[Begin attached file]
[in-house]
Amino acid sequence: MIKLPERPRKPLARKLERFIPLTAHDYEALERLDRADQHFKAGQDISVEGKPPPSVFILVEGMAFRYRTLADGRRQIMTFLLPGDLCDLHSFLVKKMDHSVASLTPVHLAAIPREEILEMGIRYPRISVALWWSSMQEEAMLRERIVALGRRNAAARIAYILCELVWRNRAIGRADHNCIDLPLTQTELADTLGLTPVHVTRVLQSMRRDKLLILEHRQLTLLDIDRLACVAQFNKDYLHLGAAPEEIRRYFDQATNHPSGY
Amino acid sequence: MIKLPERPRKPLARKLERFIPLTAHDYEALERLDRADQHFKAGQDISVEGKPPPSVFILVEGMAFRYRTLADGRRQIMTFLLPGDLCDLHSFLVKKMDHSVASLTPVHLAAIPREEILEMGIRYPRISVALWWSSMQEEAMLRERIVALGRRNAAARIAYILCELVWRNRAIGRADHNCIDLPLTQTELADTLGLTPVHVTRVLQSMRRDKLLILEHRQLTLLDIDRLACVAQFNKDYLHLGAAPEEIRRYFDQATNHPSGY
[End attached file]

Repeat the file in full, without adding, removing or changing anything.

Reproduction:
[in-house]
Amino acid sequence: MIKLPERPRKPLARKLERFIPLTAHDYEALERLDRADQHFKAGQDISVEGKPPPSVFILVEGMAFRYRTLADGRRQIMTFLLPGDLCDLHSFLVKKMDHSVASLTPVHLAAIPREEILEMGIRYPRISVALWWSSMQEEAMLRERIVALGRRNAAARIAYILCELVWRNRAIGRADHNCIDLPLTQTELADTLGLTPVHVTRVLQSMRRDKLLILEHRQLTLLDIDRLACVAQFNKDYLHLGAAPEEIRRYFDQATNHPSGY
Amino acid sequence: MIKLPERPRKPLARKLERFIPLTAHDYEALERLDRADQHFKAGQDISVEGKPPPSVFILVEGMAFRYRTLADGRRQIMTFLLPGDLCDLHSFLVKKMDHSVASLTPVHLAAIPREEILEMGIRYPRISVALWWSSMQEEAMLRERIVALGRRNAAARIAYILCELVWRNRAIGRADHNCIDLPLTQTELADTLGLTPVHVTRVLQSMRRDKLLILEHRQLTLLDIDRLACVAQFNKDYLHLGAAPEEIRRYFDQATNHPSGY